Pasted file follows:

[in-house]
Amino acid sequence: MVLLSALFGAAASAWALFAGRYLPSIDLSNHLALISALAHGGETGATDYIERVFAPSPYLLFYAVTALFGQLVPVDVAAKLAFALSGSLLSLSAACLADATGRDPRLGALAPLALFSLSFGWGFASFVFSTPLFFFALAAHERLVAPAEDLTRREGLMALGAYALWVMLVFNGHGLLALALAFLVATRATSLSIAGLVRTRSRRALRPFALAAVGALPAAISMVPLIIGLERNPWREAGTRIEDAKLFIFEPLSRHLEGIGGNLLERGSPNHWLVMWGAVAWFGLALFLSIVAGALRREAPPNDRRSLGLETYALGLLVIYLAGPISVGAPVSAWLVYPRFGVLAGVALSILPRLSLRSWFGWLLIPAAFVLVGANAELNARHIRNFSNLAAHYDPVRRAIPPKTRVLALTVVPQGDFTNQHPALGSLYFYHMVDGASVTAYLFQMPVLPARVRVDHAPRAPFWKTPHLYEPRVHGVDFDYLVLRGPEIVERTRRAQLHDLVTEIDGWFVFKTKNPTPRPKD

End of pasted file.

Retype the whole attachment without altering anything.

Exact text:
[in-house]
Amino acid sequence: MVLLSALFGAAASAWALFAGRYLPSIDLSNHLALISALAHGGETGATDYIERVFAPSPYLLFYAVTALFGQLVPVDVAAKLAFALSGSLLSLSAACLADATGRDPRLGALAPLALFSLSFGWGFASFVFSTPLFFFALAAHERLVAPAEDLTRREGLMALGAYALWVMLVFNGHGLLALALAFLVATRATSLSIAGLVRTRSRRALRPFALAAVGALPAAISMVPLIIGLERNPWREAGTRIEDAKLFIFEPLSRHLEGIGGNLLERGSPNHWLVMWGAVAWFGLALFLSIVAGALRREAPPNDRRSLGLETYALGLLVIYLAGPISVGAPVSAWLVYPRFGVLAGVALSILPRLSLRSWFGWLLIPAAFVLVGANAELNARHIRNFSNLAAHYDPVRRAIPPKTRVLALTVVPQGDFTNQHPALGSLYFYHMVDGASVTAYLFQMPVLPARVRVDHAPRAPFWKTPHLYEPRVHGVDFDYLVLRGPEIVERTRRAQLHDLVTEIDGWFVFKTKNPTPRPKD